OBITUARY: Charles Blackman (1928–2018)
By Phoebe Tam
Australian figurative painter Charles Blackman passed away in the morning of August 20, one week after celebrating his 90th birthday. He is survived by six children.
The Sydney-born artist began his career as a newspaper illustrator for the Sydney Sun at the age of 13. After moving to Melbourne, Blackman rose to prominence in the early 1950s with the exhibition of his “Schoolgirl” series (1952–55) of paintings and drawings. Partly inspired by the resurfacing of a 1921 cold case of murdered 12-year-old Alma Tirtschke in the news, Blackman’s vision of girlhood, though dreamlike, is shrouded in anxiety, vulnerability and isolation.
The artist is best known for his subsequent 1956 series, “Alice in Wonderland,” inspired by an audiobook of Lewis Carroll’s novel that his then-wife Barbara (née Patterson) had brought home. Some 40 paintings depict Alice, the white rabbit and other recognizable imagery from the beloved children’s story, infused with personal symbolism, such as his wife’s blindness and pregnancy, and references to surrealism.
Blackman played an active part in the Melbourne art scene, co-founding the Melbourne Contemporary Art Society in 1953 and becoming a key member of the figurative Antipodean Group. He was granted an Order of the British Empire in 1977 in honor of his services to art and culture in Australia. In 2010, Art Series Hotel Group opened the Blackman Hotel in St. Kilda Road, Melbourne, which features close to 700 digital reproductions of his work.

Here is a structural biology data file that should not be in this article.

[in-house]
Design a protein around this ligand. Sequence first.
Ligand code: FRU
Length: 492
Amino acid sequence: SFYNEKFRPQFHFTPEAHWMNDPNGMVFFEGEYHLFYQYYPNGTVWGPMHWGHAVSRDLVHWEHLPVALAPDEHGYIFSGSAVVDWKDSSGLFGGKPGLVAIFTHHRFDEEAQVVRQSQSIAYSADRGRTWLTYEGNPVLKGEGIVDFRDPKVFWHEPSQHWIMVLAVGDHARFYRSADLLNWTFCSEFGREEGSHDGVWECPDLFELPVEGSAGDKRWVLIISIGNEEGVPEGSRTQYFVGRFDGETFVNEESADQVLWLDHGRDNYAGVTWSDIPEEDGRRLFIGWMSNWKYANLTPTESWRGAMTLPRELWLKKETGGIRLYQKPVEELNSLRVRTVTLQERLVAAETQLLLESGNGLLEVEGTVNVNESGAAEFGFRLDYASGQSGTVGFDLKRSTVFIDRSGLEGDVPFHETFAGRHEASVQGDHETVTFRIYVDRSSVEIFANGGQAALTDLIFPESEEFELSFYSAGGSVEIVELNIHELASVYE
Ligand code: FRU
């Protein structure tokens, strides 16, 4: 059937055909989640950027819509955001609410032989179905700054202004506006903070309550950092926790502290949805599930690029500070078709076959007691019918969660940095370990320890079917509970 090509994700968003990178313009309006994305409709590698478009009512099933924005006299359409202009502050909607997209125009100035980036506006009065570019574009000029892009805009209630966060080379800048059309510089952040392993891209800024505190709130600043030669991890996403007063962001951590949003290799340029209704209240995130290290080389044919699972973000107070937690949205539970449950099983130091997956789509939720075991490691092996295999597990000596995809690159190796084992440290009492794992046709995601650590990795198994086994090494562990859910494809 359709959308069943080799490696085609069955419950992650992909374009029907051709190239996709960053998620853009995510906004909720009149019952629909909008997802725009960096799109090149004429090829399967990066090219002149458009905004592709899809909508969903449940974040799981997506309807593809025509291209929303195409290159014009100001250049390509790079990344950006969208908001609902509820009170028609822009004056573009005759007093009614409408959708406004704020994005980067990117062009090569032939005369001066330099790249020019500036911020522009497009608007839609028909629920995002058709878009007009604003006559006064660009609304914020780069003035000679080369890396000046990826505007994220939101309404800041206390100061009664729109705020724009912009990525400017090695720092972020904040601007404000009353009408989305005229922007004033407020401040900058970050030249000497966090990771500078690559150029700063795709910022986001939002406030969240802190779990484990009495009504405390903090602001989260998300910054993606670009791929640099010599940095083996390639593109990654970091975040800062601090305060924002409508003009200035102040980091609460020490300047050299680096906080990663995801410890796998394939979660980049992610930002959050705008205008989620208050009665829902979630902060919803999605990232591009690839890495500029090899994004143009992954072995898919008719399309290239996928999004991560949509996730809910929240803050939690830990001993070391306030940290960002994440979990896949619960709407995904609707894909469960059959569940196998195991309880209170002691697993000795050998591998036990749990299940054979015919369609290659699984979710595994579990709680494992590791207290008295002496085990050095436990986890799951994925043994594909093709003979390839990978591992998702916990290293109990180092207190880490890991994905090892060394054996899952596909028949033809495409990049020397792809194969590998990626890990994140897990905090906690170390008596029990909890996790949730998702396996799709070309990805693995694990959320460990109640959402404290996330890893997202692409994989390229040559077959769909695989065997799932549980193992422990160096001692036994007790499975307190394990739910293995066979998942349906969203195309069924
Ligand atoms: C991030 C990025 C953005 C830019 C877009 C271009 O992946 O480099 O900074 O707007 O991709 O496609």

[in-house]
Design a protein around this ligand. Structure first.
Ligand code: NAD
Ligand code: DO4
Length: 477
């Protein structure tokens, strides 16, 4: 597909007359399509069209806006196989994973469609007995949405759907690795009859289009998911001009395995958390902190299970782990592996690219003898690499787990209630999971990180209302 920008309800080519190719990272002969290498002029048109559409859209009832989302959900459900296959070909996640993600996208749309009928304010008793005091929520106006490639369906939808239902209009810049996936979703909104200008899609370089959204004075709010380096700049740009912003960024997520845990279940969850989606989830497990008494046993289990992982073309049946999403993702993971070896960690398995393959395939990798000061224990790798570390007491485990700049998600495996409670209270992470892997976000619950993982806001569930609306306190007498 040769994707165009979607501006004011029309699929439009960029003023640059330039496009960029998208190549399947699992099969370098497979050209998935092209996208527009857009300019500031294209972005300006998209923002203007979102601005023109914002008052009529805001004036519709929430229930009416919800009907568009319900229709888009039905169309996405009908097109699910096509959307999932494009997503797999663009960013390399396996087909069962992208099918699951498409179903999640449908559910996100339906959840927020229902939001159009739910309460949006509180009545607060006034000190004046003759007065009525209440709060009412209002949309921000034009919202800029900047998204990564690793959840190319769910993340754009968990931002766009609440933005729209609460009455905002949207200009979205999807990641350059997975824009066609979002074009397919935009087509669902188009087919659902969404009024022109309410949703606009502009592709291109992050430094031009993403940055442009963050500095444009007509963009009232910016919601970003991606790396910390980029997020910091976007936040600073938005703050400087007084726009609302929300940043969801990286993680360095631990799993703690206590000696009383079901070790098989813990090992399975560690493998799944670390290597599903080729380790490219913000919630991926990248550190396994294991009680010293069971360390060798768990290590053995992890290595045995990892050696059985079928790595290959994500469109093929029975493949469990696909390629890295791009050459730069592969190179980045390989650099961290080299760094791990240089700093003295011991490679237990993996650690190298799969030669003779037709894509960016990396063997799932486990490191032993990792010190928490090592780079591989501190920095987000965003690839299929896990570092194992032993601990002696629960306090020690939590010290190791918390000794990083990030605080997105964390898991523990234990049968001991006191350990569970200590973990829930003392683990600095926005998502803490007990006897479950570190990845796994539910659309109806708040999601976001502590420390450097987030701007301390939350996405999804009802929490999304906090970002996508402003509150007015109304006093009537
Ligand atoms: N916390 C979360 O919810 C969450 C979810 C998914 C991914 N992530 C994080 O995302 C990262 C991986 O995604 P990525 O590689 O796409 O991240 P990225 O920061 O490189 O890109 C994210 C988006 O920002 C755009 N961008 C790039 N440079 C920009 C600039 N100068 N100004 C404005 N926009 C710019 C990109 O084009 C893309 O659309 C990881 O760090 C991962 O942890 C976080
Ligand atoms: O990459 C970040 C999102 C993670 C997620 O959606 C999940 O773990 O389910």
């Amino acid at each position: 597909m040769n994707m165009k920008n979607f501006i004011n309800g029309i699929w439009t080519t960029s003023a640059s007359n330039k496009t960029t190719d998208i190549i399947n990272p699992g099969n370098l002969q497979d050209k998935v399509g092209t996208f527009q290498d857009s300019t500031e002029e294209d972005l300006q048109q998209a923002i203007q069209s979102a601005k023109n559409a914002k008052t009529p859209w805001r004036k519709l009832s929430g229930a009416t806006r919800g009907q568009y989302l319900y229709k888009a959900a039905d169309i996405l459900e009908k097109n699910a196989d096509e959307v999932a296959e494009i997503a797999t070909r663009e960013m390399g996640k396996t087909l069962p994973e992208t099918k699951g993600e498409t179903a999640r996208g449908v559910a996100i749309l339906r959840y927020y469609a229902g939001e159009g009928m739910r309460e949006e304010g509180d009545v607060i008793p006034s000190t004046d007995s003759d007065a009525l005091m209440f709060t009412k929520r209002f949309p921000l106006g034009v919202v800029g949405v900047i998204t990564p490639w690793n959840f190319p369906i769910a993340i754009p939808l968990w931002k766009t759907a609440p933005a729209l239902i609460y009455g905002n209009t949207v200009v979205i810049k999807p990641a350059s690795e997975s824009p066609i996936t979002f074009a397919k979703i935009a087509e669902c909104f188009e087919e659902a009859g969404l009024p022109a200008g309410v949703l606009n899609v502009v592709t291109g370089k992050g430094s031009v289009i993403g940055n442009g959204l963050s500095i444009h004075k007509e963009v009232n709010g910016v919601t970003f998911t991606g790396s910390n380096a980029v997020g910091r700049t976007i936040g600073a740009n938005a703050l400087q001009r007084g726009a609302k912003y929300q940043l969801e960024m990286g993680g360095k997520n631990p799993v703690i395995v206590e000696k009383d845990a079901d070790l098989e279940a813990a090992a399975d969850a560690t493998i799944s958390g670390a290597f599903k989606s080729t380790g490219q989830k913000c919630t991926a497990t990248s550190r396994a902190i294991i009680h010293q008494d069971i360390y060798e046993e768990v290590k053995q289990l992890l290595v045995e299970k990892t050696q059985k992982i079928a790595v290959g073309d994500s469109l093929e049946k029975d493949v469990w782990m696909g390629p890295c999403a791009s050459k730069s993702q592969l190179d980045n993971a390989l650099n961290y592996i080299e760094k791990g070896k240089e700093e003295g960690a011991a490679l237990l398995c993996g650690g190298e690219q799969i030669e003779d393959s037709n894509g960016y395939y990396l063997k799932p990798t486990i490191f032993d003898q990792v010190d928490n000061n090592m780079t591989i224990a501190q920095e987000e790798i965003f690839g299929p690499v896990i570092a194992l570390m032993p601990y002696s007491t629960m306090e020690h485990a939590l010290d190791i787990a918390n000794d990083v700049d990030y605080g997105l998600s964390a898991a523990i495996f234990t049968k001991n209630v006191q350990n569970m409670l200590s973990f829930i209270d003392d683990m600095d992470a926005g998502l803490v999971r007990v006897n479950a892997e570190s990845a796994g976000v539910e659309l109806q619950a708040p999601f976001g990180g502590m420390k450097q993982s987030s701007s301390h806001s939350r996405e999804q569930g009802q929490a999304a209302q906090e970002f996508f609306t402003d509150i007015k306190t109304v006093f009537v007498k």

“He taught me to be fearless with everything in life. That beauty and poetry was in everything around us . . . That ‘art is life,’” singer-songwriter Beatrice “Bertie” Blackman said of her father in a statement to The Guardian. “It has been a privilege and an honor to be by his side during his last days on earth.”
The Charles Blackman Foundation’s “The Evening is the Morning,” slated to open on September 22 at the Harvey Galleries, began as a celebration of the artist’s 90 years, and is now billed as “a tribute to his life and career.”
Phoebe Tam is an editorial intern of ArtAsiaPacific.
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